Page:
|ultra capacitor or EDLC|
An electric double-layer capacitor, also known by the names super capacitor, super condenser, pseudo capacitor, electrochemical double layer capacitor(EDLC) or ultra capacitor is an electrochemical capacitor that has an unusually high energy density when compared to common capacitors, typically of the order of thousands of times greater than a high capacity electrolytic capacitor. For instance, a typical D-cell sized electrolytic capacitor will have a capacitance in the range of milli farads, but the same size super capacitor would have a capacitance of several farads, an improvement of about two or three orders of magnitude in capacitance, usually at a lower working voltage.
In a conventional capacitor, energy is stored by the removal of charge carriers, typically electrons, from one metal plate and depositing them on another. This charge separation creates a potential difference between two plates, which can be harnessed in an external circuit. The total energy stored will be proportional to both the amount of charge stored and the potential between these plates. Different materials sandwiched between the plates to separate them results in different voltages to be stored.
Super capacitors do not have a conventional dielectric. Rather than two separate plates separated by an intervening substance, these capacitors use “plates” that are in fact two layers of the same substrate, and their electrical properties, so called “electrical double layer”, result in effective separation of charge despite the vanishingly thin physical separation of the layers. The lack of need for a bulky layer of dielectric permits the packing of “plates” with much larger surface area into a given size, resulting in extraordinarily high capacitances in practical-sized packages.
In general, EDLC’s improve storage density through the use of nanoporous material, typically activated charcoal, in place of conventional insulating barrier. Activated charcoal is a powder made up of extremely small and very rough particles which in bulk, form a low density volume of particles with holes between them that resembles a sponge. The overall surface area of even a thin layer of such material is many times greater than a traditional material like aluminium, allowing more charge carriers to be stored in a given volume.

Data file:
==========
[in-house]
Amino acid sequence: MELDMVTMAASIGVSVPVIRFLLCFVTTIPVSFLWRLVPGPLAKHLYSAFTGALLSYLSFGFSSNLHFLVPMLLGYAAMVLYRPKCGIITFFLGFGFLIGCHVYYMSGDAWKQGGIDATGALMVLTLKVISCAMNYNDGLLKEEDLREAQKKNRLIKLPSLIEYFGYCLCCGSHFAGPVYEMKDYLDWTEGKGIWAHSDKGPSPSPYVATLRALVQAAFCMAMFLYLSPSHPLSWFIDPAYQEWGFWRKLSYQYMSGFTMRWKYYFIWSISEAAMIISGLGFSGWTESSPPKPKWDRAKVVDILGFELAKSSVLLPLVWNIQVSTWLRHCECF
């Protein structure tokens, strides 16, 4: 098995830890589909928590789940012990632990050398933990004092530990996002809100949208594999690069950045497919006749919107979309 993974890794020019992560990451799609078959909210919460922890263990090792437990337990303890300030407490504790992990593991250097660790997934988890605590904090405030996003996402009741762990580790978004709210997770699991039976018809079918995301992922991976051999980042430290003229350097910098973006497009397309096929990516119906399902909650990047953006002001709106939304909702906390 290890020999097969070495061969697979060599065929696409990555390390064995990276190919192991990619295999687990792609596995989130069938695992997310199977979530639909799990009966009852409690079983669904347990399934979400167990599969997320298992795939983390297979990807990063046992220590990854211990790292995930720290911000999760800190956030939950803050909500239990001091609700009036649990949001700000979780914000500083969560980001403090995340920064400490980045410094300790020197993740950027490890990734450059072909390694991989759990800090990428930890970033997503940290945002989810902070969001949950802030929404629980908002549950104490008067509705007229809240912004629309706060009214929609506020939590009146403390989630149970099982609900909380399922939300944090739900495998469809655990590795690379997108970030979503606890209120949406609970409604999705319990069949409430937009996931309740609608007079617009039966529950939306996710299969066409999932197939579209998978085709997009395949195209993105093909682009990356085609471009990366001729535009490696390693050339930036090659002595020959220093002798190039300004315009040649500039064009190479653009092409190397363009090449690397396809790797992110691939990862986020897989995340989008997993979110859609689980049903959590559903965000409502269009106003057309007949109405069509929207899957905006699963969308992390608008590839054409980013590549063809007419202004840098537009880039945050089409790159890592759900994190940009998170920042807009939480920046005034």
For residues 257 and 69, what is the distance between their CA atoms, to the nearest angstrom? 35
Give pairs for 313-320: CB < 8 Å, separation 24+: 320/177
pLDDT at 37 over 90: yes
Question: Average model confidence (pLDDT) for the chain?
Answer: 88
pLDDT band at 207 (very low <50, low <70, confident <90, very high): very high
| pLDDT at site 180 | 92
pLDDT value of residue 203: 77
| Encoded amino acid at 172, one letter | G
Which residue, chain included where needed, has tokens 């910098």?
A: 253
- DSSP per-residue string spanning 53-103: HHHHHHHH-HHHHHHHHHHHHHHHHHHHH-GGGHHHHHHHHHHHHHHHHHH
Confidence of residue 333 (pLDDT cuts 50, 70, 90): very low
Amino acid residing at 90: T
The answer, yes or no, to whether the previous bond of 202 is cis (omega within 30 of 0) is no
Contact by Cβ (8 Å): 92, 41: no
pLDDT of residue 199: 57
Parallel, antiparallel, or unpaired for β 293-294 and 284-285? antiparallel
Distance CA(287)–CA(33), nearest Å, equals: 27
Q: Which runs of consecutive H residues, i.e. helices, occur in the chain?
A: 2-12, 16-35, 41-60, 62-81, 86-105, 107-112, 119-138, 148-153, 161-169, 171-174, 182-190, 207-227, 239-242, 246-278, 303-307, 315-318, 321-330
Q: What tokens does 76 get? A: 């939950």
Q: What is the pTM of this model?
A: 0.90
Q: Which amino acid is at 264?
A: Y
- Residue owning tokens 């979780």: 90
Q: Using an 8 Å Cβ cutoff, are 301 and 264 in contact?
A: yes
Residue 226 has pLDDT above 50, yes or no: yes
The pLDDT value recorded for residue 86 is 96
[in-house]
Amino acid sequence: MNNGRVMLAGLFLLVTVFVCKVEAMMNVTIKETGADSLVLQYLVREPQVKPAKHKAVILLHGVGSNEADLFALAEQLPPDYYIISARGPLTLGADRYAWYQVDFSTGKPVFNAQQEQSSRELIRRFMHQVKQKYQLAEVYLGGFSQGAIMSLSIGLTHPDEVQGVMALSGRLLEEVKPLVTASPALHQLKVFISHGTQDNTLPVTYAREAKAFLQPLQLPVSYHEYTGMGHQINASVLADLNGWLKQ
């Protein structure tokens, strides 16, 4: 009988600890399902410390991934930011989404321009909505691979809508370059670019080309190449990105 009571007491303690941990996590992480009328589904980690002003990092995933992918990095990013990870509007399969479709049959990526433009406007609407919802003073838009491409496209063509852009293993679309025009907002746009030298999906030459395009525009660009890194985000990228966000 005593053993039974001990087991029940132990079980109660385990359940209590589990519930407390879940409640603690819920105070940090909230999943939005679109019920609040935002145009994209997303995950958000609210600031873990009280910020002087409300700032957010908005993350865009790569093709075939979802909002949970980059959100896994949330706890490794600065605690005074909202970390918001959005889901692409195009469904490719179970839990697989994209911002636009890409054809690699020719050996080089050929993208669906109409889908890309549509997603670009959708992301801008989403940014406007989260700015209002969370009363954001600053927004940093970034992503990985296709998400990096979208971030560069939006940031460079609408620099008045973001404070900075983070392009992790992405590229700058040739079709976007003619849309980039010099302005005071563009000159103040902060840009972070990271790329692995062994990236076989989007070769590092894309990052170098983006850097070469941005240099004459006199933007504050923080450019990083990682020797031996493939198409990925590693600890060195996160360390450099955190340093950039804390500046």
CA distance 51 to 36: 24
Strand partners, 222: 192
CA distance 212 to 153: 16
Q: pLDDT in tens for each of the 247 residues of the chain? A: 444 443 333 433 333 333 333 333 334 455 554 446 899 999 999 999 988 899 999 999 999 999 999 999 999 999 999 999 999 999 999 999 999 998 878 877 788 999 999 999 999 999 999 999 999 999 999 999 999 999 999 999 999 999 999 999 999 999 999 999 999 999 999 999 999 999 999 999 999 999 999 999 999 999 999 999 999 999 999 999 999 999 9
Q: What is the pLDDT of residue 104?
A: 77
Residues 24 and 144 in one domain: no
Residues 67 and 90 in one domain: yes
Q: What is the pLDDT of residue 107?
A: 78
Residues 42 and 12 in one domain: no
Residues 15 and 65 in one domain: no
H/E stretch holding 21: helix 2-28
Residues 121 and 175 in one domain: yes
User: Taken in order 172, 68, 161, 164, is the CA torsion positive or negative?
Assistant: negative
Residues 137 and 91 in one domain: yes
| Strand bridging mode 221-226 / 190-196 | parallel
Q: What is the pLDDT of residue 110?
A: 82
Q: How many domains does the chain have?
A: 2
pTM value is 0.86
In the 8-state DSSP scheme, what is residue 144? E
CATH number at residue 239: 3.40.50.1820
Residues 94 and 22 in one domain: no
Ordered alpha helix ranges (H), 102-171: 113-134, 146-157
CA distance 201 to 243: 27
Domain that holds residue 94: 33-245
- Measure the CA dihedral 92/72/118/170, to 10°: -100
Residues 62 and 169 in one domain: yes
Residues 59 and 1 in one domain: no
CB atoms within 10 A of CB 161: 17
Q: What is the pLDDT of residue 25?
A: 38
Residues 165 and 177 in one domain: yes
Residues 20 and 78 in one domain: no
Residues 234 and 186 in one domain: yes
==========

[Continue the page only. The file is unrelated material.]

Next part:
Most recent research in EDLCs has focused on improved materials that offer even higher usable surface areas. Experimental devices developed at MIT replace the charcoal with carbon nanotubes, which can store about the same charge as charcoal but are mechanically arranged in much more regular pattern that exposes a much greater suitable surface area. Other teams are experimenting with custom materials made of activated polypyrrole, and nanotube-impregnated papers.
EDLCs have much higher power density than batteries. Power density combines the energy with the speed that the energy can be delivered to the load. Batteries, which are based on the movement of charge carriers in a liquid electrolyte, have relatively slow charging and discharging time. Capacitors, on the other hand, can be charged or discharged at a rate that is typically limited by current heating of the electrodes. So while existing EDLCs have energy densities that are perhaps 1/10th that of a conventional battery, their power density is generally 10 to 100 times greater.
Activated carbon, graphene, carbon nanotubes and certain conductive polymers or carbon aero goals are practical for super capacitors. Virtually all commercial super capacitors manufactured by Panasonic, Nesscap, Maxwell technologies, Axion power and others use powdered activated carbon made from coconut shells. Some companies also build higher performance devices, at a significant cost increase, based on synthetic carbon precursors that are activated with potassium hydroxide (KOH).
1. Heavy and public transport
New technology in development could potentially make EDLCs with high enough energy density to be an attractive replacement for batteries in all electric cars and plug-in hybrids, as EDLCs charge quickly and are stable with temperature.China is experimenting with a new form of electric bus that runs without power lines using power stored in large onboard EDLCs, which are quickly recharged whenever the bus is at stop and fully charged in the terminus.Other companies from the public transport, manufacturing sector are developing electric double-layer capacitor technology.
2. Consumer electronics
EDLCs can be used in PC cards, flash photography devices in digital cameras, flash lights, portable media players and in automated meter reading, particularly where extremely fast charging is desirable.